We had huge fun. The product range in the studio was extraordinary. The products were all set up live, off camera, and every now and again enormous crashes and bangs would cause raised eyebrows during someone else’s slot, or a wallaby from Willowbank would have a wee poo, or someone would play with a chainsaw and things would go a bit wrong. At the end there was a mad hurtle out of the studio so the news could proceed. Live local television, in the raw, unplugged. Awesome, with a capital “O”.

I did it for about 4 years, then had a break when my second baby was due. A couple of other “Susans” followed, and the show never stopped working.

The station did. It folded in 1997. George Balani, who was presenting a show, picked up the cudgels and the next CTV launched as CHTV on 4/11/97.

For the second time, I hosted “Susan Sells”. George asked me to come back and get the show on the road.

How could I refuse?

Jo Giles was my sales rep. She took it over hosting “Susan Sells” from me when I moved into doing the Current Affairs show, Canterbury Today.

Jo’s role became that of Donna Manning.

Both of them were lost on February 22, 2011, when the CTV building on Madras and Cashel fell to the ground during the earthquake.

There were various discussions after that about relaunching the station. Rob Cope-Williams shoulder tapped me. Could I help?

How could I refuse?

So today, Mother’s Day, Sunday May the 8th 2011, exactly 18 years to the day since we raised over $624,000 with our telethon, we have spent the day shooting the first week’s episodes of “Susan Sells” at CTV’s new premises at 540 Wairakei Road. It’s co-located with Mainland Press. An old warehouse room has been converted into a teeny tiny little studio.

The makeup room is also office space. There is no green room. There aren’t many lights, the deaf aids aren’t working yet, but we have a monitor and two cameras and foldback in the studio.

The staff is minimal and there’s a lot of volunteering, myself included. We have to rebuild this baby, and we will.

Forty clients passed through the set today. I have to say it was a hard day.

There were lots of tears. There was not a lot of smiling. The mood was sombre. The grief at the loss of Donna and Jo and all the rest of the CTV crew broke through a number of times. It was a hard day on set. It will get easier as the weeks go by. For today, getting people through the first batch of programmes was the goal – showcasing business is still the proposition, and it works like a charm.

It will work even better for the clients now because of the generosity of Maori Television. They’ve allowed CTV to use their Sky platform for a few hours a day. From tomorrow, “Susan Sells” will screen at 1pm weekdays on Maori TV Freeview and Sky, as well as screening four times on local CTV UHF44 and Youtube is coming too.

I’m not quite sure yet what time our regular filming slot will be. The CTV management have been very good in understanding that I will have to make my council commitments. We’ll either be shooting at sparrow o’clock, or perhaps locking off an afternoon, or perhaps doing both. It will sort itself out. It always does.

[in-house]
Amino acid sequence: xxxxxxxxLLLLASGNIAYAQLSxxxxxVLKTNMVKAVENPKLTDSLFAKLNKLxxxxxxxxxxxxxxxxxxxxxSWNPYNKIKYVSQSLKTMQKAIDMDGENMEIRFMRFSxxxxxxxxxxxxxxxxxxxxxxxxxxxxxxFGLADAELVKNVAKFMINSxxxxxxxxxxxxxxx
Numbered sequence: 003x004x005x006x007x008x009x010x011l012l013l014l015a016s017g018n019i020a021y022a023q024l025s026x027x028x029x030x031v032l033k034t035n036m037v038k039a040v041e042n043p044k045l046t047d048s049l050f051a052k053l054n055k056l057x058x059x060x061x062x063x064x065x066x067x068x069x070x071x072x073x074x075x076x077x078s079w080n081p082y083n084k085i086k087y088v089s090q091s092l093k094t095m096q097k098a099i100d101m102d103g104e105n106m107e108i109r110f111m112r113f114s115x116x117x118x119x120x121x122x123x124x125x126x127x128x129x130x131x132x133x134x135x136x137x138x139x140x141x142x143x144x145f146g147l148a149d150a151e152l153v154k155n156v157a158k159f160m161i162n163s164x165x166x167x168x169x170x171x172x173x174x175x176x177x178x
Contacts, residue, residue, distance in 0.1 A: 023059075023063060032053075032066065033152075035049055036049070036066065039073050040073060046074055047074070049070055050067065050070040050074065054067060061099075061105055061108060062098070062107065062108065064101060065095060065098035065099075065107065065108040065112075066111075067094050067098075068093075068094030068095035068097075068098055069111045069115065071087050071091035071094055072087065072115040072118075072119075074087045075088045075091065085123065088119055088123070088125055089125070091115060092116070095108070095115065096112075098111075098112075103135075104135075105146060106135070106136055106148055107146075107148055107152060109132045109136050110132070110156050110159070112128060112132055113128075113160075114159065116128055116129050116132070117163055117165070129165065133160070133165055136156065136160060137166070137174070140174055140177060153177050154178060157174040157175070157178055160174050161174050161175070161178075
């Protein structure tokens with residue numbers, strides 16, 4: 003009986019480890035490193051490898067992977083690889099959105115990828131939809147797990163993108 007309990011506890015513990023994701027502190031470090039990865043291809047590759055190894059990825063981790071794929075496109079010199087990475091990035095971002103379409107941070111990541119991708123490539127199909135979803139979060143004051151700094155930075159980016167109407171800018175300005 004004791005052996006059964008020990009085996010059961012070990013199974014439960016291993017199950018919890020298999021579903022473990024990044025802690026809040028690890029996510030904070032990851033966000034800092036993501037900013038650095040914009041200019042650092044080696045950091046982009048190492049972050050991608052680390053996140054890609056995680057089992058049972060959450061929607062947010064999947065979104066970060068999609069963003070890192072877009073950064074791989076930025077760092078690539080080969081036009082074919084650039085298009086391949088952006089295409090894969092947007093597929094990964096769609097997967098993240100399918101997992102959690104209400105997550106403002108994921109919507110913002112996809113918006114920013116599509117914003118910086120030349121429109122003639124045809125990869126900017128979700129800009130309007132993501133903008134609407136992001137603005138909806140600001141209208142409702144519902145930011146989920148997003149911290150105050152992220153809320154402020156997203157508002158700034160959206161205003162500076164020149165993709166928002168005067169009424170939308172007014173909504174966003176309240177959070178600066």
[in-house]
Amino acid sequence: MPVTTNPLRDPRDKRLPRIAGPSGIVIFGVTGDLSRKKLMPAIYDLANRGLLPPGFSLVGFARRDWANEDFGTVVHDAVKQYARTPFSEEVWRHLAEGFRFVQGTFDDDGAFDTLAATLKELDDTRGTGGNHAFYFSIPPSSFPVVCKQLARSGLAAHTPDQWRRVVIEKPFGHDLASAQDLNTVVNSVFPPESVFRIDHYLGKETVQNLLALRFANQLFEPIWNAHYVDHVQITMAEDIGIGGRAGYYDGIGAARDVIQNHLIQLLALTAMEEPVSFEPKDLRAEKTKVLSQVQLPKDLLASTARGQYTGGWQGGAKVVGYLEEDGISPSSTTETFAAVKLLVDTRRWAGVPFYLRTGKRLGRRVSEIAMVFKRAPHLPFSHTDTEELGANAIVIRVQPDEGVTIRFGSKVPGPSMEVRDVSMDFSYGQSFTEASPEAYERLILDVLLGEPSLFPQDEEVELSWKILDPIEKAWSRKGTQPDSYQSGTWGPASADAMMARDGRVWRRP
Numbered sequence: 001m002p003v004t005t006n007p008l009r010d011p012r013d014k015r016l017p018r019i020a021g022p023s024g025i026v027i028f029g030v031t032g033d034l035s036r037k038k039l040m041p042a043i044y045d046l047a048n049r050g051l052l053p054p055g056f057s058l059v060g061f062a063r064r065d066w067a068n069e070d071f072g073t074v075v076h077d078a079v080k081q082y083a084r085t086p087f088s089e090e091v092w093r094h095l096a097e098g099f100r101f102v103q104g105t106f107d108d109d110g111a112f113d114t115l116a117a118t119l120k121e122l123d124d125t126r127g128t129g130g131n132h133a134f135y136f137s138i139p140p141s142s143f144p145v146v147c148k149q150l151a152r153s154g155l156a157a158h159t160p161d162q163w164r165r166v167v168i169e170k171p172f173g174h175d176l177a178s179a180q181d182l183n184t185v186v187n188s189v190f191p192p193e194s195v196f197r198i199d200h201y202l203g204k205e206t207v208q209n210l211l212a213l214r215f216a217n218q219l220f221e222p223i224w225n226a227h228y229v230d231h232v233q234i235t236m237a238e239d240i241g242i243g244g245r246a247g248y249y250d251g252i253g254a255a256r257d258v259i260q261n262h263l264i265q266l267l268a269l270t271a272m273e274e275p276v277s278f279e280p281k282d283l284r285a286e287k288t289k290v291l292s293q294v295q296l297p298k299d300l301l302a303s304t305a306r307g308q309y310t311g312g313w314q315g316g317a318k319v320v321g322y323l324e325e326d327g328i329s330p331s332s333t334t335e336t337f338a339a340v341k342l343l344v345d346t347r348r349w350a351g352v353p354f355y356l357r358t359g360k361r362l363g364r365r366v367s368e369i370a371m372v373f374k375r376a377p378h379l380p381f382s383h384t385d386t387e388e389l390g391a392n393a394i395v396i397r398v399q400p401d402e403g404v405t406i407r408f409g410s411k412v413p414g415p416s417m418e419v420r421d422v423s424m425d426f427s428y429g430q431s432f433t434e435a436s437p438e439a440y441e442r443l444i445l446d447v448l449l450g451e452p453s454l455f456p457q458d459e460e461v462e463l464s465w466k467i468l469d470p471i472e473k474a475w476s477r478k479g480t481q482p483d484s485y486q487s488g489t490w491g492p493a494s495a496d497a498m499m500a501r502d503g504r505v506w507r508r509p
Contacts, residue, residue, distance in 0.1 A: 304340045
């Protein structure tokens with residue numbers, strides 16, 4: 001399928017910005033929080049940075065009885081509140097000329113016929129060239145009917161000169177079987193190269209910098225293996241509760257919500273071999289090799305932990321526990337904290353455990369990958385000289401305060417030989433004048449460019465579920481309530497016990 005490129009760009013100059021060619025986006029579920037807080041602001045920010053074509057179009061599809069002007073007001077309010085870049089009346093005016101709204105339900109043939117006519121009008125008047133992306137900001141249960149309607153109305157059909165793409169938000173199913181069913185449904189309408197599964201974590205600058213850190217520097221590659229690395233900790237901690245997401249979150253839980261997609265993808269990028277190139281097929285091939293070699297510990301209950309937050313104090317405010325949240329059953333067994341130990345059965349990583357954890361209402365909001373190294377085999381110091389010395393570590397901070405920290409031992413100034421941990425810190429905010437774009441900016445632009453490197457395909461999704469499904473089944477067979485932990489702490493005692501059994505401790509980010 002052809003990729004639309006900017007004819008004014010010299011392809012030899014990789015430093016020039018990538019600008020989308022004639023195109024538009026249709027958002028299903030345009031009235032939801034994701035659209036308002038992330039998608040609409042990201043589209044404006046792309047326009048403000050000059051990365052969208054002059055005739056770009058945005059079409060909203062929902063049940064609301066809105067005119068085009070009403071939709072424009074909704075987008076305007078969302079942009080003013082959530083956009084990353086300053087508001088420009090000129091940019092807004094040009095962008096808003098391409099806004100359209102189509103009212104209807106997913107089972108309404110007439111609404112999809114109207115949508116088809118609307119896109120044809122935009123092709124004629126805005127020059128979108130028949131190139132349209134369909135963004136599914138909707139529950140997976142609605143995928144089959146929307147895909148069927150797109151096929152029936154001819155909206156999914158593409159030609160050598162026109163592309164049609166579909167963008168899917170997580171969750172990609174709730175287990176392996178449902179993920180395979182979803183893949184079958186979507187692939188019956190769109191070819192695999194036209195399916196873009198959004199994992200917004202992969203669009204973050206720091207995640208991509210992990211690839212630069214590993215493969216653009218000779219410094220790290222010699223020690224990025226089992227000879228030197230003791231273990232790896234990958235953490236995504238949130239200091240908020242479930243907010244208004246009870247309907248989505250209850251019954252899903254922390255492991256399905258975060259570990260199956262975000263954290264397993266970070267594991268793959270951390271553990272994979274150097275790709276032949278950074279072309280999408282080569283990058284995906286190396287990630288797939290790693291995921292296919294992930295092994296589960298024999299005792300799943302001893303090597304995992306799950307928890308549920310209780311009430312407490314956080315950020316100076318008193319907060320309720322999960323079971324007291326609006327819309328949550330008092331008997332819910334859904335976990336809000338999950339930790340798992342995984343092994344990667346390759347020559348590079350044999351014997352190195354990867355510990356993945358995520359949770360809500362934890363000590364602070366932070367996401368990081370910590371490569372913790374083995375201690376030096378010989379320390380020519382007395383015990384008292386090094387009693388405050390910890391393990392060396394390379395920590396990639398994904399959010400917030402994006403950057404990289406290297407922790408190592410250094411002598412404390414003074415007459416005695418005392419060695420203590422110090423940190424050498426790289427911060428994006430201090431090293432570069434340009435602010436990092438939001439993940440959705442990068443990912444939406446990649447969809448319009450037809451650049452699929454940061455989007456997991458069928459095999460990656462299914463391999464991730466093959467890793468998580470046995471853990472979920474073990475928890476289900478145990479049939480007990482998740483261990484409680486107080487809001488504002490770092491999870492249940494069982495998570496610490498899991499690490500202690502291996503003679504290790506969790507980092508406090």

We will have good times. We will have fun. We will never forget or replace the people who were lost on February 22nd. None of us would want to. But like them all, we are broadcasters, and we have a job to do which is more necessary now than it ever was before. We will honour them going forward. We will not let them or their families, their friends, their loved ones down.

We have the eyes of the world on us now. The Japanese Channel HKNTV was with us today. I don’t know quite what they thought of our cobbled together gear, or our homespun programme, but what they will not have mistaken is how real the channel’s commitment to Canterbury is, nor how real is the region’s commitment to CTV.

This iteration, the station’s third, comes with its own new brand. We’ll all have to work hard to honour that together.

CTV – The Recovery Channel.

Back to the future

May 7, 2011

Beginning. #eqnz

Filed under: Uncategorized — Sue Wells @ 11:18 pm
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Sister Brenda and I have spent the evening here at home preparing for tomorrow.

I’l be shooting a week’s shows, doing “Susan Sells” for CTV.

That’s a reiteration of a show, which I started in 1991.

It’s 14 years since Jo Giles took it over from me.

Donna Manning hosted it after her.

April 27, 2011

Eqc IPENZ CTV and other big words #eqnz

Filed under: Uncategorized — Sue Wells @ 6:01 pm
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At coffee culture Beckenham. Today:
Eqc phone calls (2)
Eqc land evaluation site visit (1) and I was in my dressing gown wielding a toothbrush as they arrived
Promos at CTV (2) Malcolm does a great impression of a mike stand
Lunch at Clearwater (1) yum. Nice to drink water that you can’t smell!
IPENZ teleconference (1) – what a great bunch of smart people all keen to get involved and help rebuild our city
Tweetup coffee (1) – you meet such interesting and interested people there
Runs (0) paperwork same
Imogen Heap concerts – SQUEE! On my way and I now have a spare ticket so if you’re going tweet or text me and I might see you there. 🙂

April 26, 2011

Food, fire, filming #eqnz @CollChris @ImogenHeap

Filed under: Uncategorized — Sue Wells @ 9:01 pm